In a document titled ‘Transforming Health Services at all levels in PNG‘, Zibe says Mola has “published baseless fabrications and outright lies in opposition to the proposed Cabinet-approved Pacific Medical Center”.
Zibe also accuses Dr Glen Mola, “of either (a) intentionally lying to protect his own business or parochial interests or (b) knowingly grossly misrepresenting the facts on material aspects of the Pacific Medical Center (PMC) project or (c) is an ill-informed naysayer who is not interested in knowing the facts and wants this country to perpetually maintain the status quo”.
This is the second time Zibe has publicly attacked Dr Mola – read more about his previous attack here.
Zibe’s defence of his now condemned private hospital plan also contains a long quotation that he attributes to former US President Bill Clinton in support of the Pacific Medical Centre plan:
Mr Prime Minister, your country’s Pacific Medical Center project is precisely the kind of public private partnership healthcare initiatives that we [the Clinton Foundation and our partners] support around the world….; with your country’s booming energy and mineral sectors, with your local population and international investors’ increasingly needing better healthcare, and as your national economy expands and Papua New Guinea’s population increases, this is a perfect time to undertake this major healthcare project…and I want to support you and your people on this major project….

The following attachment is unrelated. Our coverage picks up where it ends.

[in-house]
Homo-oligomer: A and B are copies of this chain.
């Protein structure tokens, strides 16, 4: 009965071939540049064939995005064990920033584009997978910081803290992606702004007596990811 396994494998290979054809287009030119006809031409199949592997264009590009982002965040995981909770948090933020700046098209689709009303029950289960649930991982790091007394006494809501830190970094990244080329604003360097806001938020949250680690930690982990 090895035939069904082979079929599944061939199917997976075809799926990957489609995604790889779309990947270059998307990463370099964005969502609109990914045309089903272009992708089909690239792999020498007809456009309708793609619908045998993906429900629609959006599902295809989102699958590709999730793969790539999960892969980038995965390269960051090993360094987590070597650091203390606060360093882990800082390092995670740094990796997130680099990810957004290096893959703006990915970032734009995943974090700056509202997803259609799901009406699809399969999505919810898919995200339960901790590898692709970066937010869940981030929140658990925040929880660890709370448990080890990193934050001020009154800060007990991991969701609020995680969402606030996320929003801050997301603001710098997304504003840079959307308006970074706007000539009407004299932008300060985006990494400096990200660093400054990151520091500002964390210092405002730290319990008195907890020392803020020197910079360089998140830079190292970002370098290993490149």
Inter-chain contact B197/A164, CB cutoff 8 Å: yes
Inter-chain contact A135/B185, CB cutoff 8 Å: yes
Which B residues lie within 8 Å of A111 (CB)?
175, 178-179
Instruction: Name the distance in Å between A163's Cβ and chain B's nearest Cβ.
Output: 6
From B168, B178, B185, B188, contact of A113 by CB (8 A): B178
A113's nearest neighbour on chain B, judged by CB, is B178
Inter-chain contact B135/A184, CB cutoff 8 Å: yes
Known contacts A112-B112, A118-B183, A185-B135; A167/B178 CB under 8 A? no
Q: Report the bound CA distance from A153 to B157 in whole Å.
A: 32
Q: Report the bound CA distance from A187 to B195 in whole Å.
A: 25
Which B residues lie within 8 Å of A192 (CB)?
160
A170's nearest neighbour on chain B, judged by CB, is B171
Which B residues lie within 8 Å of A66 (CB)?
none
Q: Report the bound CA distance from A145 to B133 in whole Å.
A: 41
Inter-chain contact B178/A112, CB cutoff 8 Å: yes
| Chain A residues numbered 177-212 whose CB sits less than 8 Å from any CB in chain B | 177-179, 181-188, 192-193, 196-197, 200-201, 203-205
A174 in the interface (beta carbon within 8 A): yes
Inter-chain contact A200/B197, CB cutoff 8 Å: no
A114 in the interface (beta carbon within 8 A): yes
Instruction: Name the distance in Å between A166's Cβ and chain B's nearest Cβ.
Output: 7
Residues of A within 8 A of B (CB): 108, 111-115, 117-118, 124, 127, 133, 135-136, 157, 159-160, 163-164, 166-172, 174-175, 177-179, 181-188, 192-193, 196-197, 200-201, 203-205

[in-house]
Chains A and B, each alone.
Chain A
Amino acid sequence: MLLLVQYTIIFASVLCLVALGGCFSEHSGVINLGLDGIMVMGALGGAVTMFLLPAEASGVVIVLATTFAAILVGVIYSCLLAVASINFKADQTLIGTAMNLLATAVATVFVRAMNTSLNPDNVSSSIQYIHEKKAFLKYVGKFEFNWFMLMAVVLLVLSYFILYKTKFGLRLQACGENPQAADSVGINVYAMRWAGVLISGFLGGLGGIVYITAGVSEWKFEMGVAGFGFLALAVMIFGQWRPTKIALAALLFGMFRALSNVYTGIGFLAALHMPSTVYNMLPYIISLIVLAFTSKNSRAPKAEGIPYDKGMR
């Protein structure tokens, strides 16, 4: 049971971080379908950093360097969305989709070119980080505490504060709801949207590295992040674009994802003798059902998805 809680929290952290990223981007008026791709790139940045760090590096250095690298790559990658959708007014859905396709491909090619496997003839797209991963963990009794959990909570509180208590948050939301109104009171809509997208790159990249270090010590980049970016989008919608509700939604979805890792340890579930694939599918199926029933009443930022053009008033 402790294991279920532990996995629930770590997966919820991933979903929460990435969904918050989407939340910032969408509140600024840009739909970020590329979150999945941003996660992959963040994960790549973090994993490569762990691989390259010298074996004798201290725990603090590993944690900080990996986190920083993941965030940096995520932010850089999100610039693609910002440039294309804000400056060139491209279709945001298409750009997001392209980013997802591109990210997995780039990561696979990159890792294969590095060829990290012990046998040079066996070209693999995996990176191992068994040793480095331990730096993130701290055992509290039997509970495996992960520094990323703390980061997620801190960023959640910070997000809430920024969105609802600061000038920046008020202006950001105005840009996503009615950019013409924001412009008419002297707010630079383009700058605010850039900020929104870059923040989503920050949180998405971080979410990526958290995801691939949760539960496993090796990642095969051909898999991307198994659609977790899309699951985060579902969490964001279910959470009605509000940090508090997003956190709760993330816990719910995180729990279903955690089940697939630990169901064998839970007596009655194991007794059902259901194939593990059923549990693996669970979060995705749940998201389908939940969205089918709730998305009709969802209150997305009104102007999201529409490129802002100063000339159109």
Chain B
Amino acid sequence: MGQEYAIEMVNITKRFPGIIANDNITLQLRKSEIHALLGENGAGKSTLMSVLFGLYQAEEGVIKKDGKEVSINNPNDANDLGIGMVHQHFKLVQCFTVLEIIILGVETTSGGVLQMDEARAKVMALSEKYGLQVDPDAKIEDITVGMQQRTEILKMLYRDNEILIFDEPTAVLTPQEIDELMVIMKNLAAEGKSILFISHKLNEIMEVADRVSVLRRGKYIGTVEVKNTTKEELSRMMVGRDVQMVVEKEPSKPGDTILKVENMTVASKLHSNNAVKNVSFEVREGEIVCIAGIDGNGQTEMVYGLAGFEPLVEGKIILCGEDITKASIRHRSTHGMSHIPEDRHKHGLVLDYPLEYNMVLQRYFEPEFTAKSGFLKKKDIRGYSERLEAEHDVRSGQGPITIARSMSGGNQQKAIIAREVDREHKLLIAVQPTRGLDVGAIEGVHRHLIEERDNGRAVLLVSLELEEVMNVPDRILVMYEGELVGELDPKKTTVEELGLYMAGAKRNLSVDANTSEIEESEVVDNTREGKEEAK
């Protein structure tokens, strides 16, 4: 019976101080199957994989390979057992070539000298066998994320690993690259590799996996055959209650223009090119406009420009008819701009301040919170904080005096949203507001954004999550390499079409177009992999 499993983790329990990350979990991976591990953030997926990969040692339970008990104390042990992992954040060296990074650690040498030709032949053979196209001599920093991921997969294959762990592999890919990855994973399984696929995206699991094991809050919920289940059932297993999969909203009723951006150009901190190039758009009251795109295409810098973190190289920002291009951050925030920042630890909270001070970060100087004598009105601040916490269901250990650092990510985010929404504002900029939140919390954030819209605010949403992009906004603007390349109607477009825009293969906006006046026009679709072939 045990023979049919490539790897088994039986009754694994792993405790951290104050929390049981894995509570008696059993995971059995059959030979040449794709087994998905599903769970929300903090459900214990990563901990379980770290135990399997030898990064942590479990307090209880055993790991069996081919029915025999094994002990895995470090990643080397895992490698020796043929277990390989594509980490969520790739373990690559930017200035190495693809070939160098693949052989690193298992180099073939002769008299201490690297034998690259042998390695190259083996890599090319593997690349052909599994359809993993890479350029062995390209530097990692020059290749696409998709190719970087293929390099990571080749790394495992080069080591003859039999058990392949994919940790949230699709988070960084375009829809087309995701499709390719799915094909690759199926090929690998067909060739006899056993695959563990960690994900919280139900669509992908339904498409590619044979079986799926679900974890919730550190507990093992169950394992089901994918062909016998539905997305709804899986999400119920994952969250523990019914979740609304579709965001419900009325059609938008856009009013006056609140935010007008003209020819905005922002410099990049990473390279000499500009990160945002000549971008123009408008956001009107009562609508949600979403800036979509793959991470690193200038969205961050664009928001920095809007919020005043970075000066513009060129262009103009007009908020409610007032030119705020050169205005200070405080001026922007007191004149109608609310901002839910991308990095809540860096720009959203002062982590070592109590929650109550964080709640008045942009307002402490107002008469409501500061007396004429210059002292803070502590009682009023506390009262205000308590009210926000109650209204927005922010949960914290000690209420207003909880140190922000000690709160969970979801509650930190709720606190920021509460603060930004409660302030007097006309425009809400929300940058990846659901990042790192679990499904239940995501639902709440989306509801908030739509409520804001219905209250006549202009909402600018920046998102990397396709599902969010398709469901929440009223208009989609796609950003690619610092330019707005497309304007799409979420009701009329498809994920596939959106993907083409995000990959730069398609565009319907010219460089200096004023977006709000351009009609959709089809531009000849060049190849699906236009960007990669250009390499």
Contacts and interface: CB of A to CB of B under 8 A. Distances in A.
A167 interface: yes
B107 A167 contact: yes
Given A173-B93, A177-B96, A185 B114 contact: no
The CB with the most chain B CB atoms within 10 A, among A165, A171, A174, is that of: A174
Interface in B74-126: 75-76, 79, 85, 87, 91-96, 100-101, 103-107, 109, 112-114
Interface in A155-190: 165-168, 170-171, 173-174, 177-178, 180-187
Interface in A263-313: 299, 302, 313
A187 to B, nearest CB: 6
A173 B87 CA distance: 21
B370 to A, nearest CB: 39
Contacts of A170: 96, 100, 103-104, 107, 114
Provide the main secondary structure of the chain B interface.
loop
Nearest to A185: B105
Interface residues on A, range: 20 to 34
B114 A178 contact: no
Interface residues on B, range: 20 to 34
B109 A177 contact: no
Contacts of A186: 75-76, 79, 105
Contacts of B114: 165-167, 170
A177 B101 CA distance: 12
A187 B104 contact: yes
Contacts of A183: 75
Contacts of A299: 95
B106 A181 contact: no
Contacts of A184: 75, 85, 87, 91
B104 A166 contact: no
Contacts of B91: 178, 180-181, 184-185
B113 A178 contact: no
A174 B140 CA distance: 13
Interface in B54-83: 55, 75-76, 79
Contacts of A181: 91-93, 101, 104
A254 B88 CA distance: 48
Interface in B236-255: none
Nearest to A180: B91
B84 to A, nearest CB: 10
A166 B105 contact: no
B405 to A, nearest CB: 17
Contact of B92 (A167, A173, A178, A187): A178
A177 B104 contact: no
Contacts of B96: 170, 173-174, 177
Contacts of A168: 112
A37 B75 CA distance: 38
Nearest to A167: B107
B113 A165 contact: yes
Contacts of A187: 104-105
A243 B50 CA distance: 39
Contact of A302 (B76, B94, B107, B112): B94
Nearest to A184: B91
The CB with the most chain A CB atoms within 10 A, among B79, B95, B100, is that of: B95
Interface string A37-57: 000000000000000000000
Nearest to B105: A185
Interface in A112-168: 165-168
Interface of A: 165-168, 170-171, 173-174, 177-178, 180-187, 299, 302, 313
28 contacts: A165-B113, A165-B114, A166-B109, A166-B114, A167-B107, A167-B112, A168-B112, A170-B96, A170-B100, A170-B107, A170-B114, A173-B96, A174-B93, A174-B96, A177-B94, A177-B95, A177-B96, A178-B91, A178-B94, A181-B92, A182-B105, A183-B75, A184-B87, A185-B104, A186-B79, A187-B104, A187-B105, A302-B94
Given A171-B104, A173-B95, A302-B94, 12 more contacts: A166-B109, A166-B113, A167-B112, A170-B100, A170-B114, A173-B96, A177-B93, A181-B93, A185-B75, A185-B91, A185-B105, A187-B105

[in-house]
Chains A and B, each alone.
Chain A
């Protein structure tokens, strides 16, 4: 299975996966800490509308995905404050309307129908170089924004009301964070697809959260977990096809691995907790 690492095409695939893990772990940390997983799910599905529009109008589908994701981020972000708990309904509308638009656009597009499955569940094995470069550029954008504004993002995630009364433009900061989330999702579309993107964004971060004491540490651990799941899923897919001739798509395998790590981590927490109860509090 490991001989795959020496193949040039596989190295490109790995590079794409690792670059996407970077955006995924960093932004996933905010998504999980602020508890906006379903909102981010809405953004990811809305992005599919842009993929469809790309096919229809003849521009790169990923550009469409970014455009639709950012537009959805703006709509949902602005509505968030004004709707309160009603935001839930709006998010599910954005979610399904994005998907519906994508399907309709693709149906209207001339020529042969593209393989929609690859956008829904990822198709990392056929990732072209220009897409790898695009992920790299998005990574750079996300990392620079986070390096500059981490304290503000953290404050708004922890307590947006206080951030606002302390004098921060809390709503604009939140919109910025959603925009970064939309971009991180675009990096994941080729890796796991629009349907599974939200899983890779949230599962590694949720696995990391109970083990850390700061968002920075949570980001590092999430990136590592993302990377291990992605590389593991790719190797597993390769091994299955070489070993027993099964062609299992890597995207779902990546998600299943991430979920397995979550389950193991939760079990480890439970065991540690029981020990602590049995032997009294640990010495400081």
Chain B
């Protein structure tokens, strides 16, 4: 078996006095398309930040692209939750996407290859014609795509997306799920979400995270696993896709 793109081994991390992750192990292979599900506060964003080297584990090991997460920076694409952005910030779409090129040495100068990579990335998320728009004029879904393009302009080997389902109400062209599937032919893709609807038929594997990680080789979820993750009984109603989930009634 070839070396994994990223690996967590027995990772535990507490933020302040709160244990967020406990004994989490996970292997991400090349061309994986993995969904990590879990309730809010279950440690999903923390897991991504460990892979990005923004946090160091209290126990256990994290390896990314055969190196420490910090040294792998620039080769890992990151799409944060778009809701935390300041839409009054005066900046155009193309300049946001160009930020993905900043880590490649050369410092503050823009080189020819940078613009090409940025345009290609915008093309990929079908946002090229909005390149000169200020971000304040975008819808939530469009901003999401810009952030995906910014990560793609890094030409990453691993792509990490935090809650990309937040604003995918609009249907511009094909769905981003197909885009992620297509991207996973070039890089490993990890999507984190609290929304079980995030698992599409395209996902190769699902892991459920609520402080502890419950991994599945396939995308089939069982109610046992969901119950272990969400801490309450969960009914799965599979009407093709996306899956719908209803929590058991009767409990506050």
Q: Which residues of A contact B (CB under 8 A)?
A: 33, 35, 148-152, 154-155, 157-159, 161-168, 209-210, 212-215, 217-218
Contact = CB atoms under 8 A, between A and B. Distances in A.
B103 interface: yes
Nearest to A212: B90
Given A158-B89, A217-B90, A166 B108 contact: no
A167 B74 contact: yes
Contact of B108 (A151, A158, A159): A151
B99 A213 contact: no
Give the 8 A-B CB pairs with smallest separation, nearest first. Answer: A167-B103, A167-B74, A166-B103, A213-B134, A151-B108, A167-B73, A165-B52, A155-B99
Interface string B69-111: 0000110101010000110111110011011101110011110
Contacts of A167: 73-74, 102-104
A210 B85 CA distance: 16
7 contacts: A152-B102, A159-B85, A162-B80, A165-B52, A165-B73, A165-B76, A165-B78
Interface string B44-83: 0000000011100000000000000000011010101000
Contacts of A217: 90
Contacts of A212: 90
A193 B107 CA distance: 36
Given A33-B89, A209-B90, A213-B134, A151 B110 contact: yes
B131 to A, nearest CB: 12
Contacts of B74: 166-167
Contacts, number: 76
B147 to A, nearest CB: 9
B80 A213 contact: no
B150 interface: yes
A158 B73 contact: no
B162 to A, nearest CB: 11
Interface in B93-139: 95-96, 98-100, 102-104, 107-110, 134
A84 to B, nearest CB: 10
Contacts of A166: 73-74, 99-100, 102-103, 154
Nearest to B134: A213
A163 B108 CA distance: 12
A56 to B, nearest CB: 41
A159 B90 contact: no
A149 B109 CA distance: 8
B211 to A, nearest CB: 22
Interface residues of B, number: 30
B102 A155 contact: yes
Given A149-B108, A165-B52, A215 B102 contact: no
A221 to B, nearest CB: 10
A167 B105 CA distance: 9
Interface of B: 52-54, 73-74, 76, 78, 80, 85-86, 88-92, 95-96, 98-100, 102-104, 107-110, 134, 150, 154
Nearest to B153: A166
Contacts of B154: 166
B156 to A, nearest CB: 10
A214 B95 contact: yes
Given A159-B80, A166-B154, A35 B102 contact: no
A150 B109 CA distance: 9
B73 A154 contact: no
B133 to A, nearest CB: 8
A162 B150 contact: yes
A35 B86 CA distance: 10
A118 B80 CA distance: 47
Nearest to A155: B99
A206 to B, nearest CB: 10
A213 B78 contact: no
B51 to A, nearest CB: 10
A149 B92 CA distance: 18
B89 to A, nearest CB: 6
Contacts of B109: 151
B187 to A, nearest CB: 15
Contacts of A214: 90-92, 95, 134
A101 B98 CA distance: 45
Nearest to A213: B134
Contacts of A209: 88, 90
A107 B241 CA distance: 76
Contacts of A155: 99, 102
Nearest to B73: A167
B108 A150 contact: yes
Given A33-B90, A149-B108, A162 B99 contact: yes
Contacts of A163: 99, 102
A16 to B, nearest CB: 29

The publication of this quote is likely to embarrass the United States who 10 days ago denied any support for the project and Michael Somare’s condemnation of the project came, not coincidentally, just hours before Bill Clinton’s wife Hillary touched down in PNG last week for short visit.
THE National is reporting the Churches Medical Council of PNG (CMC) has commended Prime Minister Sir Michael Somare for stopping the funding for the controversial Pacific Medical Centre (PMC).
Council Chairman Wallace Kintak has said the proposed super hospital would take funding away from the rest of the health system.
If we are not careful, then, this planned white elephant will eat more money earmarked for revitalising the current health system.
Kintak said the government should look at the current health situation, rural health facilities were in a state of disrepair, dysfunctional and struggled to care for patients.
Church health facilities needs to be upgraded and extended.
The new National Health Plan needs to be supported so that more community health posts are built throughout the country
He added that there was lack of basic health care for majority of the people in rural areas, adding that specialist health workers were refusing to go to rural areas because of lack of infrastructure.
Kintak said as a result that contributed to high infant and maternal mortality rate.
It would be sound economic to upgrade all current health facilities, including the Port Moresby General Hospital.
We do not need a new super hospital.
Since it was reported in the media that the prime minister had stopped funding for the PMC, public support had been pouring in commending Sir Michael for making the right decision.
Dr Lusove Ngomo, Goroka
The more the people express their disapproval, the more stubborn the health ministry becomes.
Among the many comments, health workers are the ones making the loudest noise as their mark of disapproval.